Malcolm Turnbull took the press gallery to Cooma for an update on Snowy Hydro 2.0 (they are drilling the rocks to see whether the tunnelling is feasible) but all the press was interested in was whether it was time to sack Christopher Pyne and, of course, in Tony Abbott.
It was supposed to be the winter recess, with politics on the backburner. On Friday night Pyne, in a Sydney bar with some of his ‘moderate’ Liberal mates, indulged in a bit of triumphalism about how with Malcolm at the helm the moderates now control the agenda. He also said what everyone probably knew, that he’s voted for Turnbull over Abbott every chance he got, and said same-sex marriage may come sooner than we think. Continue reading Pollie follies
We have been told over and over by respected journalists that Labor is only opposing the Coalition’s Gonski 2.0 schools funding scheme for base political reasons. Laura Tingle, Phillip Coorey, Bernard Keane and others said it. Andrew Probyn on the 7.30 Report last week, crossed the line from reporter to judgemental pontificator last week, basically saying that Labor was a disgrace. Back in May, when Gonski 2.0 was announced, Paula Mathewson declared that Labor had “lost it’s soul to Abbott-style negativity”. Tingle and Coorey accused Labor of voting against its own policies.
Excuse me, that was never the case. Labor had worked hard against rabid opposition to sign up the 27 entities involved in funding schools in Australia. The deal was to roll out the funds over six years, albeit backloaded in the last two, just beyond the budget estimates. Now Turnbull comes up with a cheaper deal, snatching away the final realisation of needs-based funding schools have been preparing for over the last four years, extending it out over another 10 years. Labor had signed agreements delivering the funding to the relevant school funding entities. Were they expected to rat on the deals they had entered in good faith? Continue reading Gonski 2.0 – has Labor lost its soul?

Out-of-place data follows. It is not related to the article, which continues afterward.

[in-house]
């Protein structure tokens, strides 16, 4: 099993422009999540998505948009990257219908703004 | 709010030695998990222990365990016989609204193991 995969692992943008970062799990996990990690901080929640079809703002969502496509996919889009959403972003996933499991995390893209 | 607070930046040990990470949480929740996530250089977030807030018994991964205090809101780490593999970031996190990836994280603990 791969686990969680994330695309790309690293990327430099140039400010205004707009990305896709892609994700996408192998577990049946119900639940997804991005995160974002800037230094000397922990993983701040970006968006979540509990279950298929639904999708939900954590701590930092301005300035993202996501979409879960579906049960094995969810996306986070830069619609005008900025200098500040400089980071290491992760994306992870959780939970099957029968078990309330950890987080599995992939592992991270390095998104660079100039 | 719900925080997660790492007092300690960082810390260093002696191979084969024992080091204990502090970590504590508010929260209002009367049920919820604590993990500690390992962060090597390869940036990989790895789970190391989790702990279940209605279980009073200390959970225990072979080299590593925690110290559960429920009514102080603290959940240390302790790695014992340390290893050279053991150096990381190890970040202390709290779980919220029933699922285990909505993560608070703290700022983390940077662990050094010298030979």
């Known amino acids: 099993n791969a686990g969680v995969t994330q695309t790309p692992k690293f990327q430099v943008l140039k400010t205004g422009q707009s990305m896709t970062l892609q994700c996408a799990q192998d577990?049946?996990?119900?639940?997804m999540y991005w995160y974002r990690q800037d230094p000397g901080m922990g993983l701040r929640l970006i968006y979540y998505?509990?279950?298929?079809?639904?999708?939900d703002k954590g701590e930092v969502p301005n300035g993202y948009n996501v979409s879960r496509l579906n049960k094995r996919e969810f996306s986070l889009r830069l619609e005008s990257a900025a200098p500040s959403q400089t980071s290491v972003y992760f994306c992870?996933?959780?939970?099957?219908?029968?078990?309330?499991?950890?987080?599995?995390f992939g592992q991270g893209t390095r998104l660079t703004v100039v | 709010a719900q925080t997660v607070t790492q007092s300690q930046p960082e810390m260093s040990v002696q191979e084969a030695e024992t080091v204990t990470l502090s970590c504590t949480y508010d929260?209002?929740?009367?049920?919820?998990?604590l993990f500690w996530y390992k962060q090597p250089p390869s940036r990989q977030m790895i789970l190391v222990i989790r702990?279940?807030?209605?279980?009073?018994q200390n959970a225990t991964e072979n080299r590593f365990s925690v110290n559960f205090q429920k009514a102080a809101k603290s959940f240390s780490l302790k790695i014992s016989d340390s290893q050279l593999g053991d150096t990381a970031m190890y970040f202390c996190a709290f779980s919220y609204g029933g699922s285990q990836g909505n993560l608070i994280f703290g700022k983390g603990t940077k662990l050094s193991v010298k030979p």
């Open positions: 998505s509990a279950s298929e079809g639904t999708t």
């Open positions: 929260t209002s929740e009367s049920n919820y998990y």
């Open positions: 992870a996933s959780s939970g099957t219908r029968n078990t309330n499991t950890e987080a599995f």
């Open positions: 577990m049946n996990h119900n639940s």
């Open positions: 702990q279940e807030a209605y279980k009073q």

The Adani board has given the nod to the $16.5 billion Carmichael projects which would generate 10,000 direct and indirect jobs, with pre-construction works starting in the September quarter of 2017.
Yet there are some cautionary voices:
Continue reading Adani – a mirage that will dissolve into mist?
There was a story around that Mark Textor had a hand in the creation of the 2017 budget. Joe Aston in the AFR says Forget Mark Textor, JWS’ John Scales was the Treasurer’s budget pollster. Aston says that Scales, who was a protégé of Textor’s did the real work, or at least his company JWS Research.
However, Textor did play an important role. The Daily Telegraph reported back in early April that Textor’s research (for the Liberal Party) “highlighted the critical issue of housing affordability”, following which, ScoMo proposed changes to negative gearing that were shot down immediately by Mathias Cormann and Peter Dutton. Continue reading How the 2017 budget was made
As I said in the post on infrastructure and debt, Peter Martin heaved a sigh of relief that the Coalition Government finally understood that the services, infrastructure and welfare that we depend on to function have to be paid for, by raising revenue if necessary. Laura Tingle goes further. She says the Coalition has reset the debate on the role of government by moving to:
a more central position which embraces, and even advocates, a bigger role for government, both in terms of its fiscal position and its interventions in the economy, whether that be by building, owning and running airports or regulating product and labour markets.
She says that the government is actually seeking to own Labor’s modern signature policies – Gonski, the National Disability Insurance Scheme and Medicare. Continue reading Budget 2017: we live in a Labor world